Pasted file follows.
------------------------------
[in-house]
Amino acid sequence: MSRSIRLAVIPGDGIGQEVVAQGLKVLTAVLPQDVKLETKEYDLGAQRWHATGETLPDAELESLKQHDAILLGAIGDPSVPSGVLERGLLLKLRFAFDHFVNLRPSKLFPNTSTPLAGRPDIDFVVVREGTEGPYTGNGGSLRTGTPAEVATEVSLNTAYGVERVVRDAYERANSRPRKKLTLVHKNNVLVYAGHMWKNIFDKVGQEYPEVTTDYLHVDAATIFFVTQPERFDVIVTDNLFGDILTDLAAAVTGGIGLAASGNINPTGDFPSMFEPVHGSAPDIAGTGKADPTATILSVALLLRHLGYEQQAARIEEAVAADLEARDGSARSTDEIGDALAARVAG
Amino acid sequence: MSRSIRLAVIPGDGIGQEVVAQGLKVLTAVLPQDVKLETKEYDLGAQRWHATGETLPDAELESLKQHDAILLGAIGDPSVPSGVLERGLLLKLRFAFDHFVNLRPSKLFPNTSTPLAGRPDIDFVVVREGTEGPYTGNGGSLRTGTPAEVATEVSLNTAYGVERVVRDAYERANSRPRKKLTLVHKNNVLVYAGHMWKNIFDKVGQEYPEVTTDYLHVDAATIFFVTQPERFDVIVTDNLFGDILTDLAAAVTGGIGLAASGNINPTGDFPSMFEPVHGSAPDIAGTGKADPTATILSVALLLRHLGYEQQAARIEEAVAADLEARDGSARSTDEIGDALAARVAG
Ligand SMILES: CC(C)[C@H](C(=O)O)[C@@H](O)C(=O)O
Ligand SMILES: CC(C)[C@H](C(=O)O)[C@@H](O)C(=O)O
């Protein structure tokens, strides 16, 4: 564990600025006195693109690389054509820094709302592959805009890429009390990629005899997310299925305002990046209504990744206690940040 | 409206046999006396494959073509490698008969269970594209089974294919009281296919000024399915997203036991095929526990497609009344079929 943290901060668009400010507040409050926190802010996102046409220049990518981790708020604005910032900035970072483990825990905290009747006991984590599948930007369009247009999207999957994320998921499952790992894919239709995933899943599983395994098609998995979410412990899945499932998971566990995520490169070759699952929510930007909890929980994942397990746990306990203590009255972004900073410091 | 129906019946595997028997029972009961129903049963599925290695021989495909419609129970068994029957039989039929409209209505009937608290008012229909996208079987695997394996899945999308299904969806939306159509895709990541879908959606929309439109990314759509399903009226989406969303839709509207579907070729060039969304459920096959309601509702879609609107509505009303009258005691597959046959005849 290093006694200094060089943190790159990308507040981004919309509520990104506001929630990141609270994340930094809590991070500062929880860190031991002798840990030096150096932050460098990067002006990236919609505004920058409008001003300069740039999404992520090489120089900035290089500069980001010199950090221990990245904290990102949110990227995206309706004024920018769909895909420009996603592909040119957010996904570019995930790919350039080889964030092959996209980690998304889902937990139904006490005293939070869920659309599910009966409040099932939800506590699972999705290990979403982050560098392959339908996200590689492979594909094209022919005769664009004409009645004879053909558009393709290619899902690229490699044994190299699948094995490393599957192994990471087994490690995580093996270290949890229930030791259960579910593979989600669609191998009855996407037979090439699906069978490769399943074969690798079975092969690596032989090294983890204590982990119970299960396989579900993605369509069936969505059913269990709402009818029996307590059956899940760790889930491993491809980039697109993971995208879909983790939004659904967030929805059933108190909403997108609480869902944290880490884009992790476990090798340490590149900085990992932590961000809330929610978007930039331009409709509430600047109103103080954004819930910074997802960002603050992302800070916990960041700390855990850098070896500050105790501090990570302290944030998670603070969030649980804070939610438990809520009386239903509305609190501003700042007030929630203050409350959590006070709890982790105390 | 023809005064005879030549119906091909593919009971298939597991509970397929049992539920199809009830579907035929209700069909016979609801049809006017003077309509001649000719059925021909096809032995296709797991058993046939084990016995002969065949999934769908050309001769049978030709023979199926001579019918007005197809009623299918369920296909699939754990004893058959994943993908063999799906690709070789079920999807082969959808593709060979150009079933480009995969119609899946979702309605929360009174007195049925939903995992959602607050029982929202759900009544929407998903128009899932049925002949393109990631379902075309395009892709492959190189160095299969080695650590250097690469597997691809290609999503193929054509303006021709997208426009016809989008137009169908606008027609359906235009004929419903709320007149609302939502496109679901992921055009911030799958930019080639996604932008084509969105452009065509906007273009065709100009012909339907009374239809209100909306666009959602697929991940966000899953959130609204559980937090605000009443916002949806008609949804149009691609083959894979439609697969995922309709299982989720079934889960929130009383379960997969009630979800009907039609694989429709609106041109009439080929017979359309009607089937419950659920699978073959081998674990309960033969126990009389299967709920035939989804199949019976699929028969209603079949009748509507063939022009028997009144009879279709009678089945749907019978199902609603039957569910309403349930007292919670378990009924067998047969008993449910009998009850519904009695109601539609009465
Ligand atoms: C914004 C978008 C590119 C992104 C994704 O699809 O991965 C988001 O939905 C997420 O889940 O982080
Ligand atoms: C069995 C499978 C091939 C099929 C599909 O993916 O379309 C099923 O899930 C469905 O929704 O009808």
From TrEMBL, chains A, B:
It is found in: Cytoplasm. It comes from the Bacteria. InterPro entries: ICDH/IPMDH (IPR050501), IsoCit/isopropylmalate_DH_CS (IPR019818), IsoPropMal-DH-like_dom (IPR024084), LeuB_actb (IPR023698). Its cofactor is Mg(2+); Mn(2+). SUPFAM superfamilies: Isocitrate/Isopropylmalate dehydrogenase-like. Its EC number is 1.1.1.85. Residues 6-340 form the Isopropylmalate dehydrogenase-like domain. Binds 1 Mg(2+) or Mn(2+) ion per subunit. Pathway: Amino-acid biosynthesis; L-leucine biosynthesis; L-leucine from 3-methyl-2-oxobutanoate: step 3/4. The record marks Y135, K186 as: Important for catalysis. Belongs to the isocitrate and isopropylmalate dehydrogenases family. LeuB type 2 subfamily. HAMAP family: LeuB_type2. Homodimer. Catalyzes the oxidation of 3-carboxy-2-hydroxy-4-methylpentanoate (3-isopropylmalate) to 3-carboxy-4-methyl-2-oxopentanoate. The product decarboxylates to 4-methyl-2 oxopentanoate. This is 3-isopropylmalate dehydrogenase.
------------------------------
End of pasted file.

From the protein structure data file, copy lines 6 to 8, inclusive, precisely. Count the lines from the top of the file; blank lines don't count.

């Protein structure tokens, strides 16, 4: 564990600025006195693109690389054509820094709302592959805009890429009390990629005899997310299925305002990046209504990744206690940040 | 409206046999006396494959073509490698008969269970594209089974294919009281296919000024399915997203036991095929526990497609009344079929 943290901060668009400010507040409050926190802010996102046409220049990518981790708020604005910032900035970072483990825990905290009747006991984590599948930007369009247009999207999957994320998921499952790992894919239709995933899943599983395994098609998995979410412990899945499932998971566990995520490169070759699952929510930007909890929980994942397990746990306990203590009255972004900073410091 | 129906019946595997028997029972009961129903049963599925290695021989495909419609129970068994029957039989039929409209209505009937608290008012229909996208079987695997394996899945999308299904969806939306159509895709990541879908959606929309439109990314759509399903009226989406969303839709509207579907070729060039969304459920096959309601509702879609609107509505009303009258005691597959046959005849 290093006694200094060089943190790159990308507040981004919309509520990104506001929630990141609270994340930094809590991070500062929880860190031991002798840990030096150096932050460098990067002006990236919609505004920058409008001003300069740039999404992520090489120089900035290089500069980001010199950090221990990245904290990102949110990227995206309706004024920018769909895909420009996603592909040119957010996904570019995930790919350039080889964030092959996209980690998304889902937990139904006490005293939070869920659309599910009966409040099932939800506590699972999705290990979403982050560098392959339908996200590689492979594909094209022919005769664009004409009645004879053909558009393709290619899902690229490699044994190299699948094995490393599957192994990471087994490690995580093996270290949890229930030791259960579910593979989600669609191998009855996407037979090439699906069978490769399943074969690798079975092969690596032989090294983890204590982990119970299960396989579900993605369509069936969505059913269990709402009818029996307590059956899940760790889930491993491809980039697109993971995208879909983790939004659904967030929805059933108190909403997108609480869902944290880490884009992790476990090798340490590149900085990992932590961000809330929610978007930039331009409709509430600047109103103080954004819930910074997802960002603050992302800070916990960041700390855990850098070896500050105790501090990570302290944030998670603070969030649980804070939610438990809520009386239903509305609190501003700042007030929630203050409350959590006070709890982790105390 | 023809005064005879030549119906091909593919009971298939597991509970397929049992539920199809009830579907035929209700069909016979609801049809006017003077309509001649000719059925021909096809032995296709797991058993046939084990016995002969065949999934769908050309001769049978030709023979199926001579019918007005197809009623299918369920296909699939754990004893058959994943993908063999799906690709070789079920999807082969959808593709060979150009079933480009995969119609899946979702309605929360009174007195049925939903995992959602607050029982929202759900009544929407998903128009899932049925002949393109990631379902075309395009892709492959190189160095299969080695650590250097690469597997691809290609999503193929054509303006021709997208426009016809989008137009169908606008027609359906235009004929419903709320007149609302939502496109679901992921055009911030799958930019080639996604932008084509969105452009065509906007273009065709100009012909339907009374239809209100909306666009959602697929991940966000899953959130609204559980937090605000009443916002949806008609949804149009691609083959894979439609697969995922309709299982989720079934889960929130009383379960997969009630979800009907039609694989429709609106041109009439080929017979359309009607089937419950659920699978073959081998674990309960033969126990009389299967709920035939989804199949019976699929028969209603079949009748509507063939022009028997009144009879279709009678089945749907019978199902609603039957569910309403349930007292919670378990009924067998047969008993449910009998009850519904009695109601539609009465
Ligand atoms: C914004 C978008 C590119 C992104 C994704 O699809 O991965 C988001 O939905 C997420 O889940 O982080
Ligand atoms: C069995 C499978 C091939 C099929 C599909 O993916 O379309 C099923 O899930 C469905 O929704 O009808």